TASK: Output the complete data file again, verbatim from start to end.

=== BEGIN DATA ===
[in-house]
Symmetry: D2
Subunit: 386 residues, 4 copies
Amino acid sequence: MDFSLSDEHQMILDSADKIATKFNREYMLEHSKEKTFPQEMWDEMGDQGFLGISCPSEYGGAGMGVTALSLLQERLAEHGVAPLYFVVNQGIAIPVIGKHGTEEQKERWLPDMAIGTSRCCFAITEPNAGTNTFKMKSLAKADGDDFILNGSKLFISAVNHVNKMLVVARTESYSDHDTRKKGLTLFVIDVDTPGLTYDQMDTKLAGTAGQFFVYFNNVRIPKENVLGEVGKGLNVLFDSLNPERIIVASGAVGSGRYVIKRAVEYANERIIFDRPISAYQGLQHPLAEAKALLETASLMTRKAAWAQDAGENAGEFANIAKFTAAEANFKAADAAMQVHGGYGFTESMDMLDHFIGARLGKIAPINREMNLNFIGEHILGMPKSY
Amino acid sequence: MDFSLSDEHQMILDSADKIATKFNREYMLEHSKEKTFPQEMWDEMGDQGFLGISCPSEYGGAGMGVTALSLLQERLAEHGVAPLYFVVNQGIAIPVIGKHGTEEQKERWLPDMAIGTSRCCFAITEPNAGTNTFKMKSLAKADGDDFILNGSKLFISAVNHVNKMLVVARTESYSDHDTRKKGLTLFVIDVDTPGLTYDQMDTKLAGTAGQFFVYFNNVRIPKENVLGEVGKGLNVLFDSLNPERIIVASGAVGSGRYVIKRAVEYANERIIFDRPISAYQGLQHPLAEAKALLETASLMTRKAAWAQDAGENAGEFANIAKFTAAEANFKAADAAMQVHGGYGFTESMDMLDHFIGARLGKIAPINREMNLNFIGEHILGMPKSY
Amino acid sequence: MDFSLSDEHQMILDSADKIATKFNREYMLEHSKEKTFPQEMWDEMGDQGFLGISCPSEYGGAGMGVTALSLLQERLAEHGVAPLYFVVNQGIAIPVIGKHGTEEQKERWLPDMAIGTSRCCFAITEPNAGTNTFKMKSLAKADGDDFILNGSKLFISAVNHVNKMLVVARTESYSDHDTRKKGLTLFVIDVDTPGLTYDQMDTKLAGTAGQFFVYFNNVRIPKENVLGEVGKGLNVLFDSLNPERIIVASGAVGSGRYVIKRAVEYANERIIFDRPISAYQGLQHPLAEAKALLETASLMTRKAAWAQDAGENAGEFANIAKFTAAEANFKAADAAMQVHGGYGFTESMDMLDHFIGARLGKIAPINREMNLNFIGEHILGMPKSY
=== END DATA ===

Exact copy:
[in-house]
Symmetry: D2
Subunit: 386 residues, 4 copies
Amino acid sequence: MDFSLSDEHQMILDSADKIATKFNREYMLEHSKEKTFPQEMWDEMGDQGFLGISCPSEYGGAGMGVTALSLLQERLAEHGVAPLYFVVNQGIAIPVIGKHGTEEQKERWLPDMAIGTSRCCFAITEPNAGTNTFKMKSLAKADGDDFILNGSKLFISAVNHVNKMLVVARTESYSDHDTRKKGLTLFVIDVDTPGLTYDQMDTKLAGTAGQFFVYFNNVRIPKENVLGEVGKGLNVLFDSLNPERIIVASGAVGSGRYVIKRAVEYANERIIFDRPISAYQGLQHPLAEAKALLETASLMTRKAAWAQDAGENAGEFANIAKFTAAEANFKAADAAMQVHGGYGFTESMDMLDHFIGARLGKIAPINREMNLNFIGEHILGMPKSY
Amino acid sequence: MDFSLSDEHQMILDSADKIATKFNREYMLEHSKEKTFPQEMWDEMGDQGFLGISCPSEYGGAGMGVTALSLLQERLAEHGVAPLYFVVNQGIAIPVIGKHGTEEQKERWLPDMAIGTSRCCFAITEPNAGTNTFKMKSLAKADGDDFILNGSKLFISAVNHVNKMLVVARTESYSDHDTRKKGLTLFVIDVDTPGLTYDQMDTKLAGTAGQFFVYFNNVRIPKENVLGEVGKGLNVLFDSLNPERIIVASGAVGSGRYVIKRAVEYANERIIFDRPISAYQGLQHPLAEAKALLETASLMTRKAAWAQDAGENAGEFANIAKFTAAEANFKAADAAMQVHGGYGFTESMDMLDHFIGARLGKIAPINREMNLNFIGEHILGMPKSY
Amino acid sequence: MDFSLSDEHQMILDSADKIATKFNREYMLEHSKEKTFPQEMWDEMGDQGFLGISCPSEYGGAGMGVTALSLLQERLAEHGVAPLYFVVNQGIAIPVIGKHGTEEQKERWLPDMAIGTSRCCFAITEPNAGTNTFKMKSLAKADGDDFILNGSKLFISAVNHVNKMLVVARTESYSDHDTRKKGLTLFVIDVDTPGLTYDQMDTKLAGTAGQFFVYFNNVRIPKENVLGEVGKGLNVLFDSLNPERIIVASGAVGSGRYVIKRAVEYANERIIFDRPISAYQGLQHPLAEAKALLETASLMTRKAAWAQDAGENAGEFANIAKFTAAEANFKAADAAMQVHGGYGFTESMDMLDHFIGARLGKIAPINREMNLNFIGEHILGMPKSY